As a performer, we get recognition all the time through applause, so to get sort of a quieter, more distinguished honor like that was really a treasure to my heart. It speaks of my mission, not only with the center, but with my life.
Todd Rosenlieb '89 has always been a catalyst for change. The self-described "musical theater kid" was a sophomore at Bucknell when he choreographed a theatre department production of The Pirates of Penzance. But knowing that more complex shows would require someone with formal training, Rosenlieb lobbied the dean to add a dance department. Thanks in part to his effort, Danna Frangione became the University's first dance professor.
"I figured since I opened my big mouth, I'd better take a class," he says. "That's how it all began — I just took every class I could go to, without even being registered."
Rosenlieb, a double major in English and economics, planned to be a lawyer. But the whirlwind of dance education he received in his final two years at Bucknell, including serving as a teaching assistant and president of the student dance company, convinced him to pursue a career in the arts.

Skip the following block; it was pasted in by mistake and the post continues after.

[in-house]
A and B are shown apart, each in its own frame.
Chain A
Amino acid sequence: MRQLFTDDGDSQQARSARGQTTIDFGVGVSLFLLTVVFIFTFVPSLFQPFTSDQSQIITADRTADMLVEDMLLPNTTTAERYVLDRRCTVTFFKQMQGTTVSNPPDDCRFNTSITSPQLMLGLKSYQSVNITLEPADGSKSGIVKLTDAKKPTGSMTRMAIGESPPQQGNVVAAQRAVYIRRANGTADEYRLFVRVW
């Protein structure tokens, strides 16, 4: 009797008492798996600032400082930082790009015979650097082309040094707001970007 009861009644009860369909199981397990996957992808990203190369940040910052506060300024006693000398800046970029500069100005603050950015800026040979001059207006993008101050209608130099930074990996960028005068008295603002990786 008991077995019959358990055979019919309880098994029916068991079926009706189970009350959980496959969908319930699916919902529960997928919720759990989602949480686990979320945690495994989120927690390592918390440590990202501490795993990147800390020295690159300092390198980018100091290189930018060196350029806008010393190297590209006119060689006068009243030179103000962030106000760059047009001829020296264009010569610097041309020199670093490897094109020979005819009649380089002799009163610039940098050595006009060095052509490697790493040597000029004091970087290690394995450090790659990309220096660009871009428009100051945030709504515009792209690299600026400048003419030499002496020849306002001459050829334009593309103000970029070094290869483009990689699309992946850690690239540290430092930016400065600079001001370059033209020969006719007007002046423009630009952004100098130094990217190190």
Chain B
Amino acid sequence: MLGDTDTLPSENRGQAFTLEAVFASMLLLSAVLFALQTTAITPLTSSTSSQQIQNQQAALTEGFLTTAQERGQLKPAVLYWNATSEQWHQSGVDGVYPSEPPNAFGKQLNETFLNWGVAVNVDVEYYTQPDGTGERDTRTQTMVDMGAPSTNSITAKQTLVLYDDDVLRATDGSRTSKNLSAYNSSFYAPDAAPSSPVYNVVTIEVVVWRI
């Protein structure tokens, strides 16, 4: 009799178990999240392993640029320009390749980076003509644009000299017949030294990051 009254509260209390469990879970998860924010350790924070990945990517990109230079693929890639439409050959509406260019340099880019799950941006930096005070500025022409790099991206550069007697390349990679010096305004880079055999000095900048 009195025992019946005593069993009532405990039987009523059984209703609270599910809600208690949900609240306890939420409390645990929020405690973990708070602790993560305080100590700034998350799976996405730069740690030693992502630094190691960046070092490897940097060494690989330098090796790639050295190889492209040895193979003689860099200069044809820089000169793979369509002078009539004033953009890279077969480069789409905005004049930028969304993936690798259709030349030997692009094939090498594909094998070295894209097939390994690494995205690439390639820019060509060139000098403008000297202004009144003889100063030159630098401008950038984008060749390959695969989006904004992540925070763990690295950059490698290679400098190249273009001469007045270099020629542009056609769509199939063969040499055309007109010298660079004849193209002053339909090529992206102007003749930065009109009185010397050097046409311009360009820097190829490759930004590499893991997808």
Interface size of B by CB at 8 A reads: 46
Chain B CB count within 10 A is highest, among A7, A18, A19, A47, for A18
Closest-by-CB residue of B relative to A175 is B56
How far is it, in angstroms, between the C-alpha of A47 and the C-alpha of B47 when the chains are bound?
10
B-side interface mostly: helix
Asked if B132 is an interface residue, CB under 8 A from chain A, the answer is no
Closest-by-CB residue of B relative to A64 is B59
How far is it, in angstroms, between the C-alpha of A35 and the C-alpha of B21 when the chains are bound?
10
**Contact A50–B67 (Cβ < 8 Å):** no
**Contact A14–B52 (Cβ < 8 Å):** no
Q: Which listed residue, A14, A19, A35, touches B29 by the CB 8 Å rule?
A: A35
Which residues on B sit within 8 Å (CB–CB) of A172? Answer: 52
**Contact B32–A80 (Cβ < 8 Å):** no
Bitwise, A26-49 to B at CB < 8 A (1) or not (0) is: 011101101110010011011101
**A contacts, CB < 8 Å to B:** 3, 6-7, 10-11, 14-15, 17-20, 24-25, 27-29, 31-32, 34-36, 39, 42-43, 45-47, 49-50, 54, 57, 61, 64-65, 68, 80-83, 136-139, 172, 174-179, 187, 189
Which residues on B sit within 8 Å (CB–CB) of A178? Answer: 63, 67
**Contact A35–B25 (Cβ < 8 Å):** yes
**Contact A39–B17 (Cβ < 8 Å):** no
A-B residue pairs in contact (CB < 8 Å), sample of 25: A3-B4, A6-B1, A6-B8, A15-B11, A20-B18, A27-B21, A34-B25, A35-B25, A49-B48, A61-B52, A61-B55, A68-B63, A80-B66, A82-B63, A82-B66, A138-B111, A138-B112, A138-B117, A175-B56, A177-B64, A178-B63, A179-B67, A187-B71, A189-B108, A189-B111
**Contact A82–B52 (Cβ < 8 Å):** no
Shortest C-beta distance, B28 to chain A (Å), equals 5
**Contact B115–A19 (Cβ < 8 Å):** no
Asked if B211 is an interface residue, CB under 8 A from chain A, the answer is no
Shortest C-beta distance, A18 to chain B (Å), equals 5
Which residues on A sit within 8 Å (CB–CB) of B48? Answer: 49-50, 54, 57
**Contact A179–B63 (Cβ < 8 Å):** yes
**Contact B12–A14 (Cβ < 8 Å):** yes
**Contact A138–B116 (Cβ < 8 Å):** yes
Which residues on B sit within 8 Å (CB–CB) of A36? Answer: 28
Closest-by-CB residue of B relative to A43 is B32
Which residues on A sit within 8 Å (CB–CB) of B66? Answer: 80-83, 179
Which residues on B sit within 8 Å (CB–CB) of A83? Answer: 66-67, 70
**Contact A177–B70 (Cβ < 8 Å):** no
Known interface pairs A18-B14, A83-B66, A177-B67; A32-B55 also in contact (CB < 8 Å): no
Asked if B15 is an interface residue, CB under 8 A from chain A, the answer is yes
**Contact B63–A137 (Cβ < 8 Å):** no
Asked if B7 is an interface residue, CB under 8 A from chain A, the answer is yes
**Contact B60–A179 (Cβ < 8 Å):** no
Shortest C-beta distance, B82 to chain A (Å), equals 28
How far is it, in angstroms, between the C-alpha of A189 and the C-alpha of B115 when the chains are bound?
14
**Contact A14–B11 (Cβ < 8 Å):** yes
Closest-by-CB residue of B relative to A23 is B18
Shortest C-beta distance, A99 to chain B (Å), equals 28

He earned an MFA at New York University's Tisch School for the Arts and then joined the Erick Hawkins Dance Co. He became company director in 1995 at age 28, but after a few guest-artist stints in Norfolk, he moved to Virginia in 2001 to join the faculty at the Governor's School for the Arts. In 2005, he opened his own studio, Todd Rosenlieb Dance, which now includes two professional dance companies, a 120-seat theater, a Pilates studio and the dance departments of the Governor's School for the Arts and Tidewater Community College.
Rosenlieb's involvement in the arts was the springboard into his newest passion: community service. The studio hosts an adaptive dance program and arts education programming for at-risk students. Rosenlieb also has been active in the fight for marriage equality. He helped organize Out in the Park, which drew 17,000 people to downtown Norfolk, and was recently awarded an OUTstanding Virginian Award from Equality Virginia.
"As a performer, we get recognition all the time through applause," he says. "So to get sort of a quieter, more distinguished honor like that was really a treasure to my heart. It speaks of my mission, not only with the center, but with my life."
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